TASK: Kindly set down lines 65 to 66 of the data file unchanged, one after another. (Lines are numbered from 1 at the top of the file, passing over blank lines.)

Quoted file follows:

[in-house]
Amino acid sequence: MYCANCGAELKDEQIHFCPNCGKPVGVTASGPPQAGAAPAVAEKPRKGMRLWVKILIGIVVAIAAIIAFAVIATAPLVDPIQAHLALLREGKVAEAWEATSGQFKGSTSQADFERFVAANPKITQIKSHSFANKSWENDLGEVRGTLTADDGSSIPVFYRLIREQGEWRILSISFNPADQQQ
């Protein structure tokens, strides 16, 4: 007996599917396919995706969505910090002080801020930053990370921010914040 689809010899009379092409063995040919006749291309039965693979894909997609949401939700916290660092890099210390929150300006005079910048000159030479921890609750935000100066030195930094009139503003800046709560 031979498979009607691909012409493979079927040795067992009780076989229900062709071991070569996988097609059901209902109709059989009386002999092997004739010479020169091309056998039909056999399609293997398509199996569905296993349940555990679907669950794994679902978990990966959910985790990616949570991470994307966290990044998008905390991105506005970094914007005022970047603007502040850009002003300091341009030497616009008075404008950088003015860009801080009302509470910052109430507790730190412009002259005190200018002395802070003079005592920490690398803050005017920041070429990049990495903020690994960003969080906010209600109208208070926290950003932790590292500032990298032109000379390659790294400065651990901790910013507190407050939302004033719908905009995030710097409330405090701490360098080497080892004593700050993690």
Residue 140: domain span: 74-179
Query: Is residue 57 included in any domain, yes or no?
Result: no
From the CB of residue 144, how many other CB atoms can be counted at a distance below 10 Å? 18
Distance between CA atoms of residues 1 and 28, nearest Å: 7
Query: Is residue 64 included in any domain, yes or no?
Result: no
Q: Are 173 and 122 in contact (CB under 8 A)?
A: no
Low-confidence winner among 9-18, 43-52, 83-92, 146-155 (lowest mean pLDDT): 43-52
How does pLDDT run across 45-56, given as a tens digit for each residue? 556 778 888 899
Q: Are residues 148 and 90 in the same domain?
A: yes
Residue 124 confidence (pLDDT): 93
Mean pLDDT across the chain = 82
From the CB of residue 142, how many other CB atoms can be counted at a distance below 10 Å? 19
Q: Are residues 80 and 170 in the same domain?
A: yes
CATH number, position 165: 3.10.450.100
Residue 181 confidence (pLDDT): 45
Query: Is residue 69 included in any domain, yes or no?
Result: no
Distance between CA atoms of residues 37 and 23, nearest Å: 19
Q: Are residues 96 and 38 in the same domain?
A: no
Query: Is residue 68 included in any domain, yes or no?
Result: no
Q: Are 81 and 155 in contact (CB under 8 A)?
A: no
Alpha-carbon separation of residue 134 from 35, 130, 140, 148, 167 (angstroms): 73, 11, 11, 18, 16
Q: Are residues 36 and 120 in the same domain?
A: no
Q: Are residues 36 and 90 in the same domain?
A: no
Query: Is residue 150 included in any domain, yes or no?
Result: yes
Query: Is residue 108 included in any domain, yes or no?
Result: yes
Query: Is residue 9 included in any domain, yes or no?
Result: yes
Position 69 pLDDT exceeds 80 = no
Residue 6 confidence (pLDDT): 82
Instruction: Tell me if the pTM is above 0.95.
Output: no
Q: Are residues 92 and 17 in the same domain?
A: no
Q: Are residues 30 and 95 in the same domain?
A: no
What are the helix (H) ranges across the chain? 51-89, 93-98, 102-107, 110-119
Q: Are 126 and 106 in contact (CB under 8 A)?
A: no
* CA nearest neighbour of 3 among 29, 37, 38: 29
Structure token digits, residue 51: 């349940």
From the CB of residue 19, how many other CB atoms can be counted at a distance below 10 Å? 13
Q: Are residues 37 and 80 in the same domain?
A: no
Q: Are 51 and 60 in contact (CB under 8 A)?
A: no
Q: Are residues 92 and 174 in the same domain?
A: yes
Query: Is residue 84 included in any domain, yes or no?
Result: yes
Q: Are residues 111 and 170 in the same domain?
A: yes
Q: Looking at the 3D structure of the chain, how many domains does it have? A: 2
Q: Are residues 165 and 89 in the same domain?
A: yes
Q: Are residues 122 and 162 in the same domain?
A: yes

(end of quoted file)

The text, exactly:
Result: yes
Q: Are residues 111 and 170 in the same domain?